The advantages and disadvantages of centralization and decentralization are themes commonly discussed in both politics and organization leadership. However, these concepts are also highly relevant within the field of engineering. By studying large-scale networks, such as traffic systems and wind farms, researchers within Large-Scale Systems and Learning have proven global optimality using only local information, generating more efficient as well as more resilient networks with less environmental impact.
Giacomo Como is an associate professor at the Department of Automatic Control.
“It may seem somewhat surprising that local information can give global optimality, but it is a recurring theme within this type of research”, says Giacomo Como.
This is an important finding for traffic networks in particular. “We have reached a situation where the capacity of our infrastructure is very limited. The traffic load is increasing continuously, but there is not enough space or money to meet these demands in terms of newer or wider roads.”
The consequences? People are sitting in queues for hours and hours every day, and, sometimes, massive traffic jams occur. An extreme example is the China national highway 110 traffic jam in 2010, causing congestion of thousands of vehicles for more than 100 kilometers, and lasting for more than ten days.
Smart functions help avoid congestion
“The resilience of a system can be improved using control techniques to design traffic systems with smart functions, avoiding this kind of massive congestion in the future, saving both time and money, as well as reducing pollution”, says Giacomo Como.
These smart functions include variable speed limits, ramp metering (i.e. limiting the number of vehicles that are allowed to enter a freeway at a particular time), dynamic traffic lights, and routing choices such as prescribed turning ratios at junctions (through navigation support in vehicles). Both tolls and incentives have been tested in several parts of the world, with the aim of routing traffic more efficiently.
Dynamic models increase resilience
Giacomo Como and his colleagues have also adopted another significant shift in their approach to large-scale networks. “Static models have long been regarded as the fundamental design paradigm for infrastructure systems, and represent an important area of mathematical programming. But there is increasing awareness that the full potential of large-scale systems can only be properly understood in a dynamical context”, says Giacomo Como, and continues:
“Using dynamic models, we are trying to design control parameters that make traffic networks more resilient, and reduce the effects of shocks that inevitably occur in a system, instead of leading to serious problems.”. Dynamic modeling of large networks is one of the major trends in control theory today, not only in traffic systems, but also, for example, in financial and social systems. The research carried out on resilient network dynamics has received significant international recognition, and, in 2015, Giacomo Como and his colleagues were awarded the G.S. Axelby Award for an Outstanding Paper, for their work on distributed routing in dynamical networks.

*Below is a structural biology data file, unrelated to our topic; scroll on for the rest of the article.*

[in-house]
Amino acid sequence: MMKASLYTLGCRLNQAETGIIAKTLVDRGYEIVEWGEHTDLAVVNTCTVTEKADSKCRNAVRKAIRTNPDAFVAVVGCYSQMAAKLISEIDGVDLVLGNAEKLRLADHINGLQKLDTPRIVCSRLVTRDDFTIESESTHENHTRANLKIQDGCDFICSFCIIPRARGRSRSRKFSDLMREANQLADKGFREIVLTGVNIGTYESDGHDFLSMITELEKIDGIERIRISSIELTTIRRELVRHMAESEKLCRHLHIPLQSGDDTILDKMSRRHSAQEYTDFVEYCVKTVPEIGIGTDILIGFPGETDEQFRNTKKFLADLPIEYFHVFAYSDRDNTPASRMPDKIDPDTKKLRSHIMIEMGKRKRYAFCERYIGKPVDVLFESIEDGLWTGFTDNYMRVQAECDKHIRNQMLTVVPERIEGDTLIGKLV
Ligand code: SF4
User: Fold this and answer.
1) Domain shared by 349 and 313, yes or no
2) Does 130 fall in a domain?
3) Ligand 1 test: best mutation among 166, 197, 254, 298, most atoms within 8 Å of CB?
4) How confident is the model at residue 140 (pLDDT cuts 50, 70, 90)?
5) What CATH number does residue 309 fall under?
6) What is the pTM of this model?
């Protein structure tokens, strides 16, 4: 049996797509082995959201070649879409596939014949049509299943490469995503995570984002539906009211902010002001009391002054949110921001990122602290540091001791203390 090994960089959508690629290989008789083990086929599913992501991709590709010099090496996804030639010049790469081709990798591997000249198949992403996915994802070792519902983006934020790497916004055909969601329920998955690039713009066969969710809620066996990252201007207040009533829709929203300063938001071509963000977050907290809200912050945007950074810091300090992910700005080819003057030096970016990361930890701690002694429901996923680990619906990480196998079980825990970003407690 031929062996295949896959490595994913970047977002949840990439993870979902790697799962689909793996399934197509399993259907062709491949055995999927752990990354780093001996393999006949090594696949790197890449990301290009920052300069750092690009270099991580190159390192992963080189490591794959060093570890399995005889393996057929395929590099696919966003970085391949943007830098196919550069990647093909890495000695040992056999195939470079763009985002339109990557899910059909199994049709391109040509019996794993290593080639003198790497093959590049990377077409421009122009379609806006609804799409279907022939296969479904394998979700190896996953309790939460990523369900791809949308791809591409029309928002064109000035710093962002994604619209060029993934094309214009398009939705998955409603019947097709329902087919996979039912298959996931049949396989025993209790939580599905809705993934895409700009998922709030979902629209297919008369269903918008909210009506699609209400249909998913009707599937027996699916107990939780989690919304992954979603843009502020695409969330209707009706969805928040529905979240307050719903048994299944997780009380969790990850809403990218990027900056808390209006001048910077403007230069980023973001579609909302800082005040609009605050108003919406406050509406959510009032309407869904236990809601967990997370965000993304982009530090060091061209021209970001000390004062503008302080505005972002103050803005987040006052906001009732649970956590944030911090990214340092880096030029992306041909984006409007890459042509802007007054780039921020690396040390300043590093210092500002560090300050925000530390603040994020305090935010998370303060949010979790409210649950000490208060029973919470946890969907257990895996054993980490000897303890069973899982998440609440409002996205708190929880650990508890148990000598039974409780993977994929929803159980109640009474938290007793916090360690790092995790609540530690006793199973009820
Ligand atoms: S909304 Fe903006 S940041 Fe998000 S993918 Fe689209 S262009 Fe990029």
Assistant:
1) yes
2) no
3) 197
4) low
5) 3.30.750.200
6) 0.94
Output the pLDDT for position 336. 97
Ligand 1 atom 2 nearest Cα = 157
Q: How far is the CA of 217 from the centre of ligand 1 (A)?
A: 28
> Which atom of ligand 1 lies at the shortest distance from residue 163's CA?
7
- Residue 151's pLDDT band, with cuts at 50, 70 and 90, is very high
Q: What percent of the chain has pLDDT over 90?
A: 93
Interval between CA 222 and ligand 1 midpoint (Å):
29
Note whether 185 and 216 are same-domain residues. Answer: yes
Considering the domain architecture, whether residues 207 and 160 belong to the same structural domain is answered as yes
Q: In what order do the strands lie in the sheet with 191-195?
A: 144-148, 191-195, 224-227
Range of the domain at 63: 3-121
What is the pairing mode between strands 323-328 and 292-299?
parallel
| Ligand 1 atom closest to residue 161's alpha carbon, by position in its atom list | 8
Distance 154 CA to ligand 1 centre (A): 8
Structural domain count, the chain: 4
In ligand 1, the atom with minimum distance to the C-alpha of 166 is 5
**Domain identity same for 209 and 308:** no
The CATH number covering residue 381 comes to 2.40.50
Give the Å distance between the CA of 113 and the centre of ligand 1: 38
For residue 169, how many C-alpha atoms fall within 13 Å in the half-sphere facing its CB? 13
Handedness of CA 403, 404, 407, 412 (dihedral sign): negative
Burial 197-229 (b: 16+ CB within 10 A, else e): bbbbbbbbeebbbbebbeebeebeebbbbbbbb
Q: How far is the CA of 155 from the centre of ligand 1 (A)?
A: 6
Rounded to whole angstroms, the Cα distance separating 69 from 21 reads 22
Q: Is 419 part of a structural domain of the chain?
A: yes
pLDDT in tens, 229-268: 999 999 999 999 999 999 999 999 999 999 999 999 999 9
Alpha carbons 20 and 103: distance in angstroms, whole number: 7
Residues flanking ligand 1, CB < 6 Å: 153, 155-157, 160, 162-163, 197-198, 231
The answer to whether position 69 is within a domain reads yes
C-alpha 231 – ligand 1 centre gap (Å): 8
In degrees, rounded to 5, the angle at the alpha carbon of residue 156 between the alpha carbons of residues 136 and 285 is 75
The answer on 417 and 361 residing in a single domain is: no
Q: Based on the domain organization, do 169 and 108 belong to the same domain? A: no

“We introduced the concept of ‘the margin of resilience’, which is a way of measuring how resilient different controls are in different types of networks”, says Giacomo Como.
Collaborations around the world
In order to test their dynamic models, Giacomo Como and his colleagues at the Department of Automatic Control are collaborating with research groups in both Central Europe and the USA, where traffic networks are considerably larger, and the traffic more intense than in Sweden. Giacomo Como believes that the area of transportation provides many opportunities for future research.
“Everyone is talking about self-driven smart cars nowadays. Just imagine all the control issues that will emerge in the co-existence between self-driven cars and traditional means of transportation, which will definitely be around for a long time to come. I believe many of our future research challenges will be in the interaction between the two”, says Giacomo Como.
Centralized and Distributed Systems
The traditional control paradigm has been a centralized architecture in which all the information is collected in a single control unit, where it is processed, and the response determined. However, such centralized architectures have proved unsuitable for the control of increasingly complex network systems, as they rely on the assumption that all the information is available, delay-free, in the central control unit. A shock in one part of the network system often spreads into the rest of the system, creating a cascading effect that influences not only the part of the system around where the shock occurred, but potentially the entire network. By moving away from this classical paradigm, towards a decentralized architecture with local control units, researchers have designed more flexible and resilient network systems that are less prone to systemic risks and large-scale disruptions.